A new EP from Cambridge quartet Bouquet Of Dead Crows, following on from Part 1 ‘Celestial’, released back in April 2020 (see review below)……
1.Idle Thoughts : Don’t be fooled by the quiet intro, the deep dark guitar and bass soon steers the track into raw rock territory, as the vocal calls across the wasteland in this ever-changing epic.
2.Standing At The Precipice : Faster work-out for the band, especially the fireworks drumming, but full of surprises with time signature and dynamics changes all packed into two minutes thirty.
3.One More Sunrise : Straight into the soulful tones of a thoughtful ballad structure which alternates with some of the heaviest rock on the collection.
4.The Longest Road : The Crows are adept at creating longer conceptually rich pieces; this elegantly brooding anthem has the time and space to deliver the full emotional impact.
5.Somewhere In The Static : Built around the most satisfying bass and guitar riff at the start the vocal builds over the descending chord pattern to a false finish part way through. This song has many moods; weaving together the finesse of some of the prog rock directions of the band with sections of sledgehammer power to make it a fitting end to the double EP.
A track by track review of the debut LP from singer/songwriter Chloe Foy….
1.Where Shall We Begin. Setting the tone for the collection, an acoustic dreampop delight where the guitar shadows the vocal line. Gorgeous.
2.Deserve. A slow and longer meditation, peppered with restrained electric guitar, layers of vocal lines and gradual build up of atmosphere.
3.Work of Art. More tightly structured than some of the tracks, this compact pop song is driven by the insistent melody line; grounded by the bass, drums and empathetic guitar.
4.Evangeline. A definite favourite of mine, the musical triplets are joined by an endless selection of musical combinations as the stately melody serenely soars above with the sensual lyrics ‘…Evangeline…you are my queen I promise that I’ll keep you warm…’
5.Asylum. A prime example of the haunting-folk genre that Chloe inhabits, where the sonic textures of strings and harp complement the vocals perfectly, carefully arranged and produced by album collaborator Harry Fausing Smith.
6.Bones. Adrift on a becalmed sea, the rich vocal from Chloe is adorned by a dark and moody instrumental mix.
7.Shining Star. Uptempo, hypnotic and mysterious ‘…fears untold and false absolve be true to who you are…faster now, you’re dancing now…you’ll be my shining star…’
8.Left-Centred Weight. Previously released as a single this is a showcase for the smooth and mellow tones of Chloe’s voice as the languid strings emerge over the horizon and create a semi-orchestral extravaganza.
9.And It Goes. The longest track on the album, a free form late night jazzy-folk reverie with contrasting sections, unpredictable diversions and finally drifting off into the cosmos.
10.Square Face. Possibly saving the best till last, this is a timeless and traditional sounding folk melody over a reassuring background of strings and a waltzing piano. The unaccompanied vocal towards the end lingers long in the memory as an emotional representation of this superb album.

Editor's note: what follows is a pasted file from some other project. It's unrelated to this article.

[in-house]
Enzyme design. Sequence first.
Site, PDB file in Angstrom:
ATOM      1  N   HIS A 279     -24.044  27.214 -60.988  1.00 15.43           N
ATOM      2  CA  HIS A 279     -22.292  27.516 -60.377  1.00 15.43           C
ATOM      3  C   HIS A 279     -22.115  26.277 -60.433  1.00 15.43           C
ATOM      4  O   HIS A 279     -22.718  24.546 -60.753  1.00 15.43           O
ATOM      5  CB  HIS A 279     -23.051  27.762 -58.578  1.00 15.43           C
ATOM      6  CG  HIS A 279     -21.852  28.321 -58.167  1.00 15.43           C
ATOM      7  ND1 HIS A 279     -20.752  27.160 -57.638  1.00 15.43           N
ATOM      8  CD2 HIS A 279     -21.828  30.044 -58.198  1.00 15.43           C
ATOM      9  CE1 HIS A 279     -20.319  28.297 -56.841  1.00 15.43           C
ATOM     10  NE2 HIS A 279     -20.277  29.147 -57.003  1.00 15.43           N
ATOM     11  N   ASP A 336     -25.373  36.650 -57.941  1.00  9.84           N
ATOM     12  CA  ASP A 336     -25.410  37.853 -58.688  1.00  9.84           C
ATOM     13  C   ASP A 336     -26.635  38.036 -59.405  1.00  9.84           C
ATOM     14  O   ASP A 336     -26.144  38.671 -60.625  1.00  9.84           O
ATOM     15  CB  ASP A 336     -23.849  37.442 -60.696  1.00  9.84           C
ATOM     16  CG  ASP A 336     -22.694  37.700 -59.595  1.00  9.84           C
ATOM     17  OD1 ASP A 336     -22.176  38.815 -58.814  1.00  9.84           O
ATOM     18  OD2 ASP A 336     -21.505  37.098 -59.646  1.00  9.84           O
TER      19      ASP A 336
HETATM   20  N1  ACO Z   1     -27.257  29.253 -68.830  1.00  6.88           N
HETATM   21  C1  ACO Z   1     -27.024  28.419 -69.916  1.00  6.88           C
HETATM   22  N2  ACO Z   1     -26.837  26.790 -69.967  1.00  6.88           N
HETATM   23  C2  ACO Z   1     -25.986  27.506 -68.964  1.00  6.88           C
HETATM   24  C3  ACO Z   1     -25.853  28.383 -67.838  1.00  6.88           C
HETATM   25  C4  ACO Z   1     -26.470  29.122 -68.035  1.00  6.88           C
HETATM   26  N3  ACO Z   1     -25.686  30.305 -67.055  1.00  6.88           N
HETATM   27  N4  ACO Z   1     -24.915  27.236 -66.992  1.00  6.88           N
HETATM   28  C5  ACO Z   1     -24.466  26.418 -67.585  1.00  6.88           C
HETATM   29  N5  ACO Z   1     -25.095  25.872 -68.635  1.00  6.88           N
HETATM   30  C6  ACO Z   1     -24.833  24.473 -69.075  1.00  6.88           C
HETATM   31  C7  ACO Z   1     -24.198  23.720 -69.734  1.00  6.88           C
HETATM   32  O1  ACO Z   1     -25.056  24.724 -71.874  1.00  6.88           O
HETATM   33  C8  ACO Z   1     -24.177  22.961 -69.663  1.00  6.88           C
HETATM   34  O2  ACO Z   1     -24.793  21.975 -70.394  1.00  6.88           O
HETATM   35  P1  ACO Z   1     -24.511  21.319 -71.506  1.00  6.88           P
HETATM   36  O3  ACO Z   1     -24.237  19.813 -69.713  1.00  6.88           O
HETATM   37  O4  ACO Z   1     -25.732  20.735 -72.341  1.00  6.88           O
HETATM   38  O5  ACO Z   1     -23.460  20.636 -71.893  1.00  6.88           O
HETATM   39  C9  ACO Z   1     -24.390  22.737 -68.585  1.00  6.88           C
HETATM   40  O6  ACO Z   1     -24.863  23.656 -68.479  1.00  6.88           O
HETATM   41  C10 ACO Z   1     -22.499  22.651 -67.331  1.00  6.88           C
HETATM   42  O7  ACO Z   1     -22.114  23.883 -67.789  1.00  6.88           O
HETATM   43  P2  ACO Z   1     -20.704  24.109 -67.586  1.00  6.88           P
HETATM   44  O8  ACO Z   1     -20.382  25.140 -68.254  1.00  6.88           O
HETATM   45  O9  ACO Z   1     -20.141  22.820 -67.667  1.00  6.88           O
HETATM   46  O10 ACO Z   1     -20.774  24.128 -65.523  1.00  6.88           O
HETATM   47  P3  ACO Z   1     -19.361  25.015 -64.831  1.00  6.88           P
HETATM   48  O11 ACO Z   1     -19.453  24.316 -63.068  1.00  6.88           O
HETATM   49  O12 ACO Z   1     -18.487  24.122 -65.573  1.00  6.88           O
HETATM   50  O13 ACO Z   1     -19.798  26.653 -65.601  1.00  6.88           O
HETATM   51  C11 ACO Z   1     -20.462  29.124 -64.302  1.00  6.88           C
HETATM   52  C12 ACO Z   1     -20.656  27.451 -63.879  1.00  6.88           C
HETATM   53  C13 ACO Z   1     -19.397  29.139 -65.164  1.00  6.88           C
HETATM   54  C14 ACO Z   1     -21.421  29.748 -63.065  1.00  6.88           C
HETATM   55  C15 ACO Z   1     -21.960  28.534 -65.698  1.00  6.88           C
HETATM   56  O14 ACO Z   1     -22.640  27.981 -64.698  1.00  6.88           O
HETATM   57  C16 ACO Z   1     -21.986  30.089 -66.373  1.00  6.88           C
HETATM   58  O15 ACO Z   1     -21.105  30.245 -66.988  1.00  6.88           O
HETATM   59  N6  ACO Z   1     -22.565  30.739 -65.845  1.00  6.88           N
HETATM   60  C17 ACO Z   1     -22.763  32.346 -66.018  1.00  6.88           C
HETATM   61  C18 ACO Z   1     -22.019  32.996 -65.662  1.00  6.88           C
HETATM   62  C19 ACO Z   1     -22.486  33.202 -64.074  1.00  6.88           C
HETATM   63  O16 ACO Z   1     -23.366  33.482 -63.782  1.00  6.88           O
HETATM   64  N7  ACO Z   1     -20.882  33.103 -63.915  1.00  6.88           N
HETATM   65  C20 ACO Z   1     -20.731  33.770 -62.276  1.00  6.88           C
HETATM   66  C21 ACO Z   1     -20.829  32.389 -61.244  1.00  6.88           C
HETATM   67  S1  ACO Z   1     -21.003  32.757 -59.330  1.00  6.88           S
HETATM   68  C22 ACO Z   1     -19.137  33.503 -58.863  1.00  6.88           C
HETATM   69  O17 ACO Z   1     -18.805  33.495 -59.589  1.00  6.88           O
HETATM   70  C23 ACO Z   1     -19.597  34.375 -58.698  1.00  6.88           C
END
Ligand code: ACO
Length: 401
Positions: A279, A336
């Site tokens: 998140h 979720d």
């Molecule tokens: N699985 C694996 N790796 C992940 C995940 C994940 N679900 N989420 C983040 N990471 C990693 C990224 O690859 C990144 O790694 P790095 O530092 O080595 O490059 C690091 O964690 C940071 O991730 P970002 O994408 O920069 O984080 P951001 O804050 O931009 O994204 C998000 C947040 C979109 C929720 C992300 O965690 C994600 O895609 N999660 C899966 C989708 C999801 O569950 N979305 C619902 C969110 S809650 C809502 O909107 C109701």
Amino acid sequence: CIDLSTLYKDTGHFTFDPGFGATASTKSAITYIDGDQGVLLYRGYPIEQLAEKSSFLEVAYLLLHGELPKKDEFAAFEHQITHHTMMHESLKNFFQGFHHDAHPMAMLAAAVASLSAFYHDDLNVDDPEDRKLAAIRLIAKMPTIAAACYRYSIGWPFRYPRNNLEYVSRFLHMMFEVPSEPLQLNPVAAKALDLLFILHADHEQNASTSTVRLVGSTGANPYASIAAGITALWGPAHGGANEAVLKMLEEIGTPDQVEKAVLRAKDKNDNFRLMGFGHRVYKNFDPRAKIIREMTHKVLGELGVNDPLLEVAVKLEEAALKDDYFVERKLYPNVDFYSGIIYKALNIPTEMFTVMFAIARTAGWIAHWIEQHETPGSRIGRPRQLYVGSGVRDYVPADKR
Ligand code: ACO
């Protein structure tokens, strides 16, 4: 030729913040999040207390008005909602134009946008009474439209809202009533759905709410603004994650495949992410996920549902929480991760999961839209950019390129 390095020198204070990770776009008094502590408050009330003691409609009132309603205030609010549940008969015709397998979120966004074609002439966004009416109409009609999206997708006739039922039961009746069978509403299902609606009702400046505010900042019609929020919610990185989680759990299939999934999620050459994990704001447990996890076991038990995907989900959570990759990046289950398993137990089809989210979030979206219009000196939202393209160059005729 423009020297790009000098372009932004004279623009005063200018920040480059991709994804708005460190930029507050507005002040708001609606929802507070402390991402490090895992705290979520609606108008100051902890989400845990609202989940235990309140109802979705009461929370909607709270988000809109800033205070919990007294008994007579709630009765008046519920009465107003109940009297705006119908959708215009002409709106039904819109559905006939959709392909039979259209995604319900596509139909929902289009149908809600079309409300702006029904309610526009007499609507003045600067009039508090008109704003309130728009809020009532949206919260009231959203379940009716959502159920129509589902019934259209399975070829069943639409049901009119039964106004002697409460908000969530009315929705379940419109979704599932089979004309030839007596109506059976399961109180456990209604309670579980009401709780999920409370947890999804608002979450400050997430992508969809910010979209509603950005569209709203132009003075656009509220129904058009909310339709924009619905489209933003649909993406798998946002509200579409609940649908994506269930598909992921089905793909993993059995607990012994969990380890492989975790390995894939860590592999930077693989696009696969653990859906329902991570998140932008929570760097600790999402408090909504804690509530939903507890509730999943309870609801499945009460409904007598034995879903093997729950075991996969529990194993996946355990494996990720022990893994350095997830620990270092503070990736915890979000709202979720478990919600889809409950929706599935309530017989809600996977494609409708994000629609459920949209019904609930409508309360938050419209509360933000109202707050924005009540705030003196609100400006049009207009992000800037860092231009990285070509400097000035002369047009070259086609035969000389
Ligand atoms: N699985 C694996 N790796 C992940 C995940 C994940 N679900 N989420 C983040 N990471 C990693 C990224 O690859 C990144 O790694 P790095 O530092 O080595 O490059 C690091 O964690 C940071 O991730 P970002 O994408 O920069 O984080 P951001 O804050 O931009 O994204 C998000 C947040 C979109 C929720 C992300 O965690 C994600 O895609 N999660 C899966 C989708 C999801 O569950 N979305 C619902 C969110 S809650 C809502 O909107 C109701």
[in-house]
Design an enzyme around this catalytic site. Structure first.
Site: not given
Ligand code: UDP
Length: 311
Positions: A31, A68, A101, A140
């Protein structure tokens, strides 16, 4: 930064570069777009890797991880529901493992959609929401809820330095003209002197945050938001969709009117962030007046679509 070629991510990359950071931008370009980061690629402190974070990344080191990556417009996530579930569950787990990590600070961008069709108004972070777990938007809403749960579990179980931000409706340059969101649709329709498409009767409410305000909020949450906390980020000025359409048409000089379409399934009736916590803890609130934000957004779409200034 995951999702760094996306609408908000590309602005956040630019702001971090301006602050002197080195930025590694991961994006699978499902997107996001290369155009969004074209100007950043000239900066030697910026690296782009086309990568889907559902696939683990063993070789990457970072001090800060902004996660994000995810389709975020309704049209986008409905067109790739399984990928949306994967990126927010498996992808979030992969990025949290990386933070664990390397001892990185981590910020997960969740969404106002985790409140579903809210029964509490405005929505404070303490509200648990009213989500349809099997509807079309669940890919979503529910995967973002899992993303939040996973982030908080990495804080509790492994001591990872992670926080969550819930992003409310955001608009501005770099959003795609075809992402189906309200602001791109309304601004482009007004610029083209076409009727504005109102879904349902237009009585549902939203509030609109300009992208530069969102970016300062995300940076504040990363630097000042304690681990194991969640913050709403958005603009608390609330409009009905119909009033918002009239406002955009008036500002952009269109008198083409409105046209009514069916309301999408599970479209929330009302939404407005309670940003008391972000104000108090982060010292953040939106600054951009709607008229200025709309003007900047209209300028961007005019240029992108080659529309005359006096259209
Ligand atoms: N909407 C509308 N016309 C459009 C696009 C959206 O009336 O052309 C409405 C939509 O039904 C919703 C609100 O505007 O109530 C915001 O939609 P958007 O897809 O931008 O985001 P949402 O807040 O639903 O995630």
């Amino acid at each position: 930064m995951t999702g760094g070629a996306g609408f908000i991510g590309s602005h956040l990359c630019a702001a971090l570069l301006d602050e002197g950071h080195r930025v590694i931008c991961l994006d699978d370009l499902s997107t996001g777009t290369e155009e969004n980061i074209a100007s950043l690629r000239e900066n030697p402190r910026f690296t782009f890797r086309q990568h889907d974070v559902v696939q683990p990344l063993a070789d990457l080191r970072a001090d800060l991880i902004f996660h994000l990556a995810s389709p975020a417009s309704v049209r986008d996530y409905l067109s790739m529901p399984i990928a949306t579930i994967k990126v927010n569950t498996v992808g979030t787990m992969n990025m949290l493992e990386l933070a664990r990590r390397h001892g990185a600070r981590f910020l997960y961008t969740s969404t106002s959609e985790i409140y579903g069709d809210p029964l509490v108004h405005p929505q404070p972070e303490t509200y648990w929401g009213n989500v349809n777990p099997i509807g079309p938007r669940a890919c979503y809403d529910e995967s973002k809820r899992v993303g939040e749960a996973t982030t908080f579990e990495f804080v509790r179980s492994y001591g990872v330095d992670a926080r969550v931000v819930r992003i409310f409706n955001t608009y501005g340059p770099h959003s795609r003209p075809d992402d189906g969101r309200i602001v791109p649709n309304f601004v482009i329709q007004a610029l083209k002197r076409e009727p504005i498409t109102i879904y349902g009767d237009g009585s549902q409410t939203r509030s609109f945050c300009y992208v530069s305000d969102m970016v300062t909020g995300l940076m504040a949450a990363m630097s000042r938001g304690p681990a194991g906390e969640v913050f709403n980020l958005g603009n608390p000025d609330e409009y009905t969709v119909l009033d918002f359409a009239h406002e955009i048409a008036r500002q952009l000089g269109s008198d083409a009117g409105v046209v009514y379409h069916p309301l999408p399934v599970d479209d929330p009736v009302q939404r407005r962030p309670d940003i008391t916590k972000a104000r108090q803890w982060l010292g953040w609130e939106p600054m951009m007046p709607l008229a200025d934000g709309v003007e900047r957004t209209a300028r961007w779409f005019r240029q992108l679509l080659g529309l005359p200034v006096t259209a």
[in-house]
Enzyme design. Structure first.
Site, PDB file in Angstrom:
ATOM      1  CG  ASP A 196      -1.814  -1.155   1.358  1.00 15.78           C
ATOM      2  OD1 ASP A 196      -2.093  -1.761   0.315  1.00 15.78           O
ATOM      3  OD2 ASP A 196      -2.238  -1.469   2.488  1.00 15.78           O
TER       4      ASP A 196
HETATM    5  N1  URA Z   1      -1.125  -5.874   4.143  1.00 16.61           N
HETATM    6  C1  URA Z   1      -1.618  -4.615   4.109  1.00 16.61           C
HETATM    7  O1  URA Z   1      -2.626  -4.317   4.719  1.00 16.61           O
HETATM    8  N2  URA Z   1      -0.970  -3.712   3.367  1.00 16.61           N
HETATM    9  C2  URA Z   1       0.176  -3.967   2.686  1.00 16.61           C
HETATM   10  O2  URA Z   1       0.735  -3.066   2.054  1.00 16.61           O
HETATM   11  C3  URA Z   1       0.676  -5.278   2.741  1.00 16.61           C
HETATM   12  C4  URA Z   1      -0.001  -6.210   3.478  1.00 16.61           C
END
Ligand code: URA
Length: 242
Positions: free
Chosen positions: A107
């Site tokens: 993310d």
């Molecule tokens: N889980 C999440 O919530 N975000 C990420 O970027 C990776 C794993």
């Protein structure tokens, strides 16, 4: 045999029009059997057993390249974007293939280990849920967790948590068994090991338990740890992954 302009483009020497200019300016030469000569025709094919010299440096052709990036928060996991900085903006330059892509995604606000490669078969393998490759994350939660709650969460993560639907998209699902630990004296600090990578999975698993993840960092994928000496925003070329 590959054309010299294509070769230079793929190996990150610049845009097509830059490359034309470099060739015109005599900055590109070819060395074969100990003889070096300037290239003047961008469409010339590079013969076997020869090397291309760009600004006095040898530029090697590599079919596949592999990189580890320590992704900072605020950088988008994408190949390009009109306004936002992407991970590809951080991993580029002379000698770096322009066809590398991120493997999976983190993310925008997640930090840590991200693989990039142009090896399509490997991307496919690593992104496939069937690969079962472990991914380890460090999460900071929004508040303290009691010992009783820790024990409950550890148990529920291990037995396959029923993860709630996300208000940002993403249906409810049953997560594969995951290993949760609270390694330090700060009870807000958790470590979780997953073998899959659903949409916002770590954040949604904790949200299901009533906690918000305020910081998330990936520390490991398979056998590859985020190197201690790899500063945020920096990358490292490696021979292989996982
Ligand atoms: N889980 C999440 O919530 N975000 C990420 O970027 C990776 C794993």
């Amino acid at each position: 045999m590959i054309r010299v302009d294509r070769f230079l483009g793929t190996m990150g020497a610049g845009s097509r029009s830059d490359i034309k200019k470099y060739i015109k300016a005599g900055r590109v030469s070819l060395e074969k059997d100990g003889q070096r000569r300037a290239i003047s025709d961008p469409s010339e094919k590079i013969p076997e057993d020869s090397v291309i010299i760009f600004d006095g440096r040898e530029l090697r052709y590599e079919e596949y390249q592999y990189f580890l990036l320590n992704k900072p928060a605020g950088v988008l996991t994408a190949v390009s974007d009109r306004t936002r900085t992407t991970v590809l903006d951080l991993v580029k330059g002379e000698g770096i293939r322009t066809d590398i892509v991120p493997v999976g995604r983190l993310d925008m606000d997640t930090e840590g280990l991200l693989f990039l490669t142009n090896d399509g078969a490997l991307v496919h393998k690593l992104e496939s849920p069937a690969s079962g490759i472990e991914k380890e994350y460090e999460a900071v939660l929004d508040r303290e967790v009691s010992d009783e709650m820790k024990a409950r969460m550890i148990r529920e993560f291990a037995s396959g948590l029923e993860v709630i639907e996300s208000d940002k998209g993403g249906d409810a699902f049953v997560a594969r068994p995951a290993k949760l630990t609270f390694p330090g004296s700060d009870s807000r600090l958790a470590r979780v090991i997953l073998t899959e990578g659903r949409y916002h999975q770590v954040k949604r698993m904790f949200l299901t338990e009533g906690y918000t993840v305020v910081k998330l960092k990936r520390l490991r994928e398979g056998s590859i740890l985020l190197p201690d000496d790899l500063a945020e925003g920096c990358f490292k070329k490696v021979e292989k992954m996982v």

A new EP from London quartet Bitch Hunt, following on from their split EP with adults in 2020, featuring the incisive ’23’ and the lo-fi high-concept pop art of ‘Spaceman’ (complete with fun video!)
Opener ‘Out of Eden’ is built around a descending chord sequence that arrives as if from a distant horizon before the arresting lyric sets the sombre tone ‘….under the apple tree…is where I was when he found me…’. The full four-piece sound is dissonant and disturbing to go with the implied subject matter but the music is punctuated with gentler interludes. ‘Identity Clinic’ is a punkier track and shows off the ability of the band to mix up the musical styles from distorted funk guitar under the catchy chorus to a sprawling instrumental workout at the end.
‘Eau Claire’ was previously released as a single and the companionship and water themes seem to carry an undercurrent of darkness, ‘…two died in the river that year…dull water…filled with parasites…’. It could be a companion track to cult classic ‘Next of Kin’ by indie dreamers Alvvays.
‘Shapeshifter’ is probably my favourite, a plaintively sung lyric, ‘….nice to meet you… sometimes I wish I could be you …sometimes I could eat you…’ as the guitar and bass lines quietly jump around. The drums and vocal harmonies control the dynamics of the song, until a short jazz influenced coda. Bonus track ‘I Wanna Be Un/Happy’ pulls many aspects of the band’s music together for a brooding and echoing finale, raising the noise level when the chorus kicks in.
This is a satisfying, energetic and thoughtful EP full of wit, warmth and wisdom.
Frequently reviewed on this site, roisterous London powerpunks Fightmilk release their sparkling new album….
Lucky Coin : After a brief linking introduction this track means business, as the mix melds the band together into a sharp backing for a post break-up tale of uncertainty ‘….yes I’m building something new…..and I’m a lucky coin, I just flip myself back over…’
Hey Annabelle! : An underused name in pop songs, this was a pre-released single and another energetic burst of pop delight with an edge ‘….Annabelle if you see her, can you check if anybody is there….please don’t make it too obvious because I definitely don’t care…’